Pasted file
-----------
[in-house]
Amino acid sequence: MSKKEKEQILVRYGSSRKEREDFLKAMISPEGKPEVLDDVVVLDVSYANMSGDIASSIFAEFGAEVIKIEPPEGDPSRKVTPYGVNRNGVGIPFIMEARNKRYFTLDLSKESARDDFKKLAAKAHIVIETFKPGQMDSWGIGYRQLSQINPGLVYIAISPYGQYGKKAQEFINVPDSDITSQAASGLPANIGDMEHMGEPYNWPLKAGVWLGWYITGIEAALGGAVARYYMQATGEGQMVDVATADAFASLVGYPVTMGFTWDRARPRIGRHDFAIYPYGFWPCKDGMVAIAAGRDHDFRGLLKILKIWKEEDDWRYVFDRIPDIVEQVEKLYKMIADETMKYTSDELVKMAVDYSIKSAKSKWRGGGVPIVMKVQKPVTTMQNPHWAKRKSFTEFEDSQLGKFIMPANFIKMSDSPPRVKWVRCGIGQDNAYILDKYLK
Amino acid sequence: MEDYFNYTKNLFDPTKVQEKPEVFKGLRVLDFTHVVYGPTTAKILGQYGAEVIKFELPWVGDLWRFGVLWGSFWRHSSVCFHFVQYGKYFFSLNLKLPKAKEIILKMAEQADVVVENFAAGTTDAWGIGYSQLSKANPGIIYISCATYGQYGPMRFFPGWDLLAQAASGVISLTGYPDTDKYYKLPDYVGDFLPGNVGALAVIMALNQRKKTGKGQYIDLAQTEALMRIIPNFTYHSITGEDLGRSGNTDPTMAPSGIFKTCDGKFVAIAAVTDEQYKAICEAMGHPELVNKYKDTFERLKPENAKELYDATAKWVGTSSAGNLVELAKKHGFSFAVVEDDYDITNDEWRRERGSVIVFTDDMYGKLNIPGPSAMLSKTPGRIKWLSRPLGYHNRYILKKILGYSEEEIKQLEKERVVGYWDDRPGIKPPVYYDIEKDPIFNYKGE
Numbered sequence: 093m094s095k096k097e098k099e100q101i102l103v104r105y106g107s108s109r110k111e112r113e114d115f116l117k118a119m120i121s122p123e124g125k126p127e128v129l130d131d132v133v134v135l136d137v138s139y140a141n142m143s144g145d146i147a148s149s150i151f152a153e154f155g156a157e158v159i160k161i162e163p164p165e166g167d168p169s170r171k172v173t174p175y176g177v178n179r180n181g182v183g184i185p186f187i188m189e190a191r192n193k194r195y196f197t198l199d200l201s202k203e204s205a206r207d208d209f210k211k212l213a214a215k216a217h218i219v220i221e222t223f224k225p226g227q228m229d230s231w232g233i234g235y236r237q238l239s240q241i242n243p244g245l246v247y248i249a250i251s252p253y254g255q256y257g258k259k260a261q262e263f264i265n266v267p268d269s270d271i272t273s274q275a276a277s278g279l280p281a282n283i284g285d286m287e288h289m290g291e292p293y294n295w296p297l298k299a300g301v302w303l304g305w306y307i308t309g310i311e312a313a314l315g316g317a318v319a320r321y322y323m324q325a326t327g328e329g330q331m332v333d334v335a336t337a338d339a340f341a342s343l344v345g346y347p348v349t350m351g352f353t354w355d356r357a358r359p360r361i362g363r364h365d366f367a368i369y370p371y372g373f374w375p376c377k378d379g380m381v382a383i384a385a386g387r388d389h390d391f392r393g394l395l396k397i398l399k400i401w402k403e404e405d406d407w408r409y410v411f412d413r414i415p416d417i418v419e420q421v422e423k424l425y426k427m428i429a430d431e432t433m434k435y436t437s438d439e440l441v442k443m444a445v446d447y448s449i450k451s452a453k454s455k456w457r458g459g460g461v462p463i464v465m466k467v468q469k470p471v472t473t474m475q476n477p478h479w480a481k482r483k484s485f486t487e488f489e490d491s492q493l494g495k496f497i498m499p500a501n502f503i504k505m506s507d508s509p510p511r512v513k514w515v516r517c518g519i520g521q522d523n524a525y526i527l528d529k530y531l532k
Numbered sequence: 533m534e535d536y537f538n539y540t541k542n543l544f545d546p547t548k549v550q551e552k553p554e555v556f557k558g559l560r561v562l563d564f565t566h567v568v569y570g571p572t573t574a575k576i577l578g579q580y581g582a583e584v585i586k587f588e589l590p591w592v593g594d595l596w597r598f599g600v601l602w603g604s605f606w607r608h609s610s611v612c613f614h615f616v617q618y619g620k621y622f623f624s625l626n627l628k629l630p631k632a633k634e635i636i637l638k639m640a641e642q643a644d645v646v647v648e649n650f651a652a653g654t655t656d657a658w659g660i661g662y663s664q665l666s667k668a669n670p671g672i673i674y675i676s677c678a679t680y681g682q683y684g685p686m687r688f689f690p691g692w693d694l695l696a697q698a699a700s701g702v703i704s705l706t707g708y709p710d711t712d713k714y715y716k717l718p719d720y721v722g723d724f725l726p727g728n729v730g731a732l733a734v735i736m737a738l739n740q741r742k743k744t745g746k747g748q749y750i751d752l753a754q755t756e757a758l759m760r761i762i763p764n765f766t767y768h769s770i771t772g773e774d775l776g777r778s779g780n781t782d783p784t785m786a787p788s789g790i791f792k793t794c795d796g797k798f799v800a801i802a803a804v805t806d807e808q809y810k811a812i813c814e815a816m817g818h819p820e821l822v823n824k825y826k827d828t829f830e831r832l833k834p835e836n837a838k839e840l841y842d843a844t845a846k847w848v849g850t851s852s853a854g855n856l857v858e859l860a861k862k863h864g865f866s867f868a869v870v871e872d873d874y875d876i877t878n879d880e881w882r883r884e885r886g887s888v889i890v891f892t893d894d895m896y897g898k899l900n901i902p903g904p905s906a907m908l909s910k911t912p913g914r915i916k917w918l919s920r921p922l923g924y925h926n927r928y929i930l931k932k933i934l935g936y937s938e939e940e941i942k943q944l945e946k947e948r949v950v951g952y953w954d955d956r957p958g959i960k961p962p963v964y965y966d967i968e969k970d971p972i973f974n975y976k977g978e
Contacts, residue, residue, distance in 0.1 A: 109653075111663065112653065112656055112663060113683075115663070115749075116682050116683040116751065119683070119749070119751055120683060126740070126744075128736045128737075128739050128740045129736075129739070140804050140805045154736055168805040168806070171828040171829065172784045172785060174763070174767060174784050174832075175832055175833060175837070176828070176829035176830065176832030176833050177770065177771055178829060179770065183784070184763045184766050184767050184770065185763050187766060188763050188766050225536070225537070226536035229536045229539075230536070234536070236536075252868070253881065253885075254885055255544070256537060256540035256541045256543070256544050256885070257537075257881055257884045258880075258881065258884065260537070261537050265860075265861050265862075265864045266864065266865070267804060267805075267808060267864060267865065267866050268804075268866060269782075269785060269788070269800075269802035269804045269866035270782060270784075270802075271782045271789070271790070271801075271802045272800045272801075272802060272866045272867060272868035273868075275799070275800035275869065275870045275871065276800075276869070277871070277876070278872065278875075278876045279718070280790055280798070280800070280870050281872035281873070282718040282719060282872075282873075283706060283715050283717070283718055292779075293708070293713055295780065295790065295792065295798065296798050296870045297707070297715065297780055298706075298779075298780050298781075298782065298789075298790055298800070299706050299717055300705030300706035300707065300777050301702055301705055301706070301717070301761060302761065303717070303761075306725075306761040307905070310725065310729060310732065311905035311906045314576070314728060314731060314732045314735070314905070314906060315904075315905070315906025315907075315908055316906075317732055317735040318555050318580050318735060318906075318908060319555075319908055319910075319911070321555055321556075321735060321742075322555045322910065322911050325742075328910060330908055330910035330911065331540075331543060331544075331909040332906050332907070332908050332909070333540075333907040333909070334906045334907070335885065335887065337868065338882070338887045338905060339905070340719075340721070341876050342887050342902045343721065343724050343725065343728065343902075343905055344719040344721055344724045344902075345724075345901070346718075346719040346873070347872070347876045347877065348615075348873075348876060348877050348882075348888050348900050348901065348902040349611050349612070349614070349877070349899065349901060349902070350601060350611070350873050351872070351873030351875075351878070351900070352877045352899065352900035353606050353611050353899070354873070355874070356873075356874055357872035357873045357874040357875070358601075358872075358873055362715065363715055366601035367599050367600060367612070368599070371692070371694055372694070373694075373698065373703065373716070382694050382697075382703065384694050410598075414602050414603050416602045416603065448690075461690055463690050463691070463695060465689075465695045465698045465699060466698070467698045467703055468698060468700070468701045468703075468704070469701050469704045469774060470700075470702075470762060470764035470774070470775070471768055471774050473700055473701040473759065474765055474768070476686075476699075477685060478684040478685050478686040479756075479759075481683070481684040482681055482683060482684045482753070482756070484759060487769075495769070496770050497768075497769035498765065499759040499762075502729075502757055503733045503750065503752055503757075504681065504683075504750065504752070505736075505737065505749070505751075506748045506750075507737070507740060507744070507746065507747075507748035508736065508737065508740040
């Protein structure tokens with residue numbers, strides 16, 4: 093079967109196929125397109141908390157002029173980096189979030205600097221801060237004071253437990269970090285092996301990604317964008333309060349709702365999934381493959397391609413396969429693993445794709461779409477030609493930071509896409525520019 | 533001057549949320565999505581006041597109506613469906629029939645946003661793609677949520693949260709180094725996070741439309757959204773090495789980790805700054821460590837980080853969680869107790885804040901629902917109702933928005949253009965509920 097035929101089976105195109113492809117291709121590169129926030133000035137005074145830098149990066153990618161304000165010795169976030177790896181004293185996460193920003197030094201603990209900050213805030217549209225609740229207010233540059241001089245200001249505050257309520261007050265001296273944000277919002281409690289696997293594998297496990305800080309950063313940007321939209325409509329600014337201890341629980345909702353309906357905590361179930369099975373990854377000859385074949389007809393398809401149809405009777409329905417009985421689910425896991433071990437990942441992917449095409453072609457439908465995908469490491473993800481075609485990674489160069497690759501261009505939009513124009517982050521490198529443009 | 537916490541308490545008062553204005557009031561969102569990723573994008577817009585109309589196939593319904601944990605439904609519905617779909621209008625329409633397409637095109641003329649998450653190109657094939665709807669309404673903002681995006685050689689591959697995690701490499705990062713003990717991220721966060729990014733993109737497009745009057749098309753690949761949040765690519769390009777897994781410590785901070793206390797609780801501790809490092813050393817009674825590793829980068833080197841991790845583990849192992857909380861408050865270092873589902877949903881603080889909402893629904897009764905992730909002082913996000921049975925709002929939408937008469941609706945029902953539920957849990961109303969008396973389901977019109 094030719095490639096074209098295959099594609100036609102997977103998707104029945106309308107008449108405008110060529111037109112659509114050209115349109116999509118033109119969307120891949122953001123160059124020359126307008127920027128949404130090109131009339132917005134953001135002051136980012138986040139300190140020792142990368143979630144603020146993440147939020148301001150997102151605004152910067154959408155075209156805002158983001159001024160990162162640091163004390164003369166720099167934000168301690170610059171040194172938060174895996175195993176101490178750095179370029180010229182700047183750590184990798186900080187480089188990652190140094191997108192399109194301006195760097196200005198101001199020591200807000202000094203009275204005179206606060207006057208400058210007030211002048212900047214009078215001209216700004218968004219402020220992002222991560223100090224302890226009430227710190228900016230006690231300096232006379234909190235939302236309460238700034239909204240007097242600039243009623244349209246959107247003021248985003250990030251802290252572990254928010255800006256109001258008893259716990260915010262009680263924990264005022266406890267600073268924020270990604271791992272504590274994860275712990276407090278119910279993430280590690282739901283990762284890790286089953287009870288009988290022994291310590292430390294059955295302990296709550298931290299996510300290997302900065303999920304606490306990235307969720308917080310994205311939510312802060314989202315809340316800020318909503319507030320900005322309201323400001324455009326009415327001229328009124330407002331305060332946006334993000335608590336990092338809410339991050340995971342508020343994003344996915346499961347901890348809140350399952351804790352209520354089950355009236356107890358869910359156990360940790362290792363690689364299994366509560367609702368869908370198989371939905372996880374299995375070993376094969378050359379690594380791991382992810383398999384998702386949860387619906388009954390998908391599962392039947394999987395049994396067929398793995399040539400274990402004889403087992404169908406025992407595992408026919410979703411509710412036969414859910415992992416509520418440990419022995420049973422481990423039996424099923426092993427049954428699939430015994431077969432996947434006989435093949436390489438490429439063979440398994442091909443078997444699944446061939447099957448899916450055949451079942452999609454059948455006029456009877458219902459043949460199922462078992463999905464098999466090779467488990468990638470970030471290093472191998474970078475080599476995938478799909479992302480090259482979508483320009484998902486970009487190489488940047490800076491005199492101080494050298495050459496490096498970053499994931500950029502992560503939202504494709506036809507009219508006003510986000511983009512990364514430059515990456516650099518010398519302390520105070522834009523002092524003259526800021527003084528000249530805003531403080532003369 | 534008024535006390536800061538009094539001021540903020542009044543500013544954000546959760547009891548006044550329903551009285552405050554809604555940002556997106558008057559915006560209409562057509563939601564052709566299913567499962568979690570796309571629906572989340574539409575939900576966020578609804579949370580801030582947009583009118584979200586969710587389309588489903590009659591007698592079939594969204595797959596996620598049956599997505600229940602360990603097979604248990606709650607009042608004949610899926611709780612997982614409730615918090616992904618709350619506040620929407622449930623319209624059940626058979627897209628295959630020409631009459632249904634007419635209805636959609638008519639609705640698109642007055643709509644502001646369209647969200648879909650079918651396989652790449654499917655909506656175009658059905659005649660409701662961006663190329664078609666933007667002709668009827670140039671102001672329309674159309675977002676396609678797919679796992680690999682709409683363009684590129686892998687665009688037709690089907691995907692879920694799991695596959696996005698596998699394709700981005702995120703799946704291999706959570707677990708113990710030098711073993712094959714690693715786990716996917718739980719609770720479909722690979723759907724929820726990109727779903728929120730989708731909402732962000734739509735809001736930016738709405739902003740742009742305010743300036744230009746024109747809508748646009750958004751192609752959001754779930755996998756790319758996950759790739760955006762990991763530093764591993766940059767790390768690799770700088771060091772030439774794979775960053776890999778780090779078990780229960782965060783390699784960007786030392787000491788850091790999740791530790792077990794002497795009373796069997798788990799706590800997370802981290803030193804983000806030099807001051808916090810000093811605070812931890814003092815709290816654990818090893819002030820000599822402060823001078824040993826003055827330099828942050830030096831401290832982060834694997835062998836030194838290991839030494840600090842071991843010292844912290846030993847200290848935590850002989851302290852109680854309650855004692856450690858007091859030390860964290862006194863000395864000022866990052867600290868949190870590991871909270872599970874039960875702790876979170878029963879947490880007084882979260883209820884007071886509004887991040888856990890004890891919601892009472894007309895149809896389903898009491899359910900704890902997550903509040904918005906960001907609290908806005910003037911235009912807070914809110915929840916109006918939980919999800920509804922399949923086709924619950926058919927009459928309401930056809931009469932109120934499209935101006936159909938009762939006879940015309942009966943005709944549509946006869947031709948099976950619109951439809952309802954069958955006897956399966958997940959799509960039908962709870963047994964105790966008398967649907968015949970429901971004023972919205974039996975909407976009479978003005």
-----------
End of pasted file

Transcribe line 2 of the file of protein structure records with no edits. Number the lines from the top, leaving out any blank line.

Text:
Amino acid sequence: MSKKEKEQILVRYGSSRKEREDFLKAMISPEGKPEVLDDVVVLDVSYANMSGDIASSIFAEFGAEVIKIEPPEGDPSRKVTPYGVNRNGVGIPFIMEARNKRYFTLDLSKESARDDFKKLAAKAHIVIETFKPGQMDSWGIGYRQLSQINPGLVYIAISPYGQYGKKAQEFINVPDSDITSQAASGLPANIGDMEHMGEPYNWPLKAGVWLGWYITGIEAALGGAVARYYMQATGEGQMVDVATADAFASLVGYPVTMGFTWDRARPRIGRHDFAIYPYGFWPCKDGMVAIAAGRDHDFRGLLKILKIWKEEDDWRYVFDRIPDIVEQVEKLYKMIADETMKYTSDELVKMAVDYSIKSAKSKWRGGGVPIVMKVQKPVTTMQNPHWAKRKSFTEFEDSQLGKFIMPANFIKMSDSPPRVKWVRCGIGQDNAYILDKYLK